Here’s some information on how to crate train a puppy. Remember to start this process early, so your puppy grows to love their crate!
Bringing a new puppy home is one of the most exciting things you can do as a pet parent! You’ll want to spend all day, every day playing with them, and for the first few days, this might be all you do.
But that lifestyle won’t last forever. Eventually, you’ll need to leave your puppy at home alone, and this means that you may need them to be able to stay in their dog crate.
Puppies aren’t born with an understanding that their crate is a safe place for them, however, and going inside can be very scary.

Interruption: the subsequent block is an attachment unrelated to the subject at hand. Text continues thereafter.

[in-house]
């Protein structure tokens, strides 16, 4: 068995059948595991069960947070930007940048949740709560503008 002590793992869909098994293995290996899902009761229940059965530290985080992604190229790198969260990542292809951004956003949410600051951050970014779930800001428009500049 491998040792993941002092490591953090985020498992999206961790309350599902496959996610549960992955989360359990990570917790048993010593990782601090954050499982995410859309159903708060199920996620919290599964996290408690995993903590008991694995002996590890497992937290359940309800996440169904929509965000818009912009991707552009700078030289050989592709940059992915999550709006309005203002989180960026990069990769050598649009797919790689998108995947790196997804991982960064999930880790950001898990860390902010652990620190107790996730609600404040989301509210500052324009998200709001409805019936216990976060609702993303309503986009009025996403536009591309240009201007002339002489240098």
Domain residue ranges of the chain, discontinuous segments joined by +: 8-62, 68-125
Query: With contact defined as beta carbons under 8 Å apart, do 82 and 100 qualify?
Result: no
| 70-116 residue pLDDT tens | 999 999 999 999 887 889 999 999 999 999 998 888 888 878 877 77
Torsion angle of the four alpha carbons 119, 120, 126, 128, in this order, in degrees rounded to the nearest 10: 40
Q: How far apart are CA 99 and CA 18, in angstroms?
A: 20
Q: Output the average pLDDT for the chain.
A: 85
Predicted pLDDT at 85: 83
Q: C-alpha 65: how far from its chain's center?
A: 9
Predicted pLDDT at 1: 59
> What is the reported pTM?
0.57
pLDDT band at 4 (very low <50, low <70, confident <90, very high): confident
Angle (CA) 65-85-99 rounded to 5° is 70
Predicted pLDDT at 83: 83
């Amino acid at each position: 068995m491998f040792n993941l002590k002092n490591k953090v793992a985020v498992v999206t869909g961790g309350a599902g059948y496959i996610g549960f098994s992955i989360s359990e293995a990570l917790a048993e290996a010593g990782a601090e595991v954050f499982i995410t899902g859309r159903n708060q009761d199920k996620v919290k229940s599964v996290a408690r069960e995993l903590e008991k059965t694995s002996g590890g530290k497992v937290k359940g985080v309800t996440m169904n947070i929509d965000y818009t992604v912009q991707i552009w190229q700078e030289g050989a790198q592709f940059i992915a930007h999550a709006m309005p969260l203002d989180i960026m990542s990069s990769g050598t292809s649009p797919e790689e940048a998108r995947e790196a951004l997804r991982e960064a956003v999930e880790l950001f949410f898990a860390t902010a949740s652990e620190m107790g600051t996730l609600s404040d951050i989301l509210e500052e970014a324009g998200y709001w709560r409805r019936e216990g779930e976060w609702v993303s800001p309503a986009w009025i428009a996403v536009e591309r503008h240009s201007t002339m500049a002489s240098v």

Why Crate Train Your Puppy?
Dogs have a natural instinct to be den-driven animals. This means that having a cozy place to curl up and rest will make them very happy and comfortable.
Getting your puppy comfortable in their crate gives them a place where they can find comfort and solitude, and it also gives you the peace of mind that your puppy and your home are secure while you’re out.
Another benefit of crate training your puppy is that it is inevitable that your pet will need to be transported to the vet, the park, or somewhere else at some point. By crate training your dog, you ensure these trips won’t be as scary for your puppy!
Now that you know why you should crate train, let’s learn when and how!
When Should You Start Crate Training A Puppy?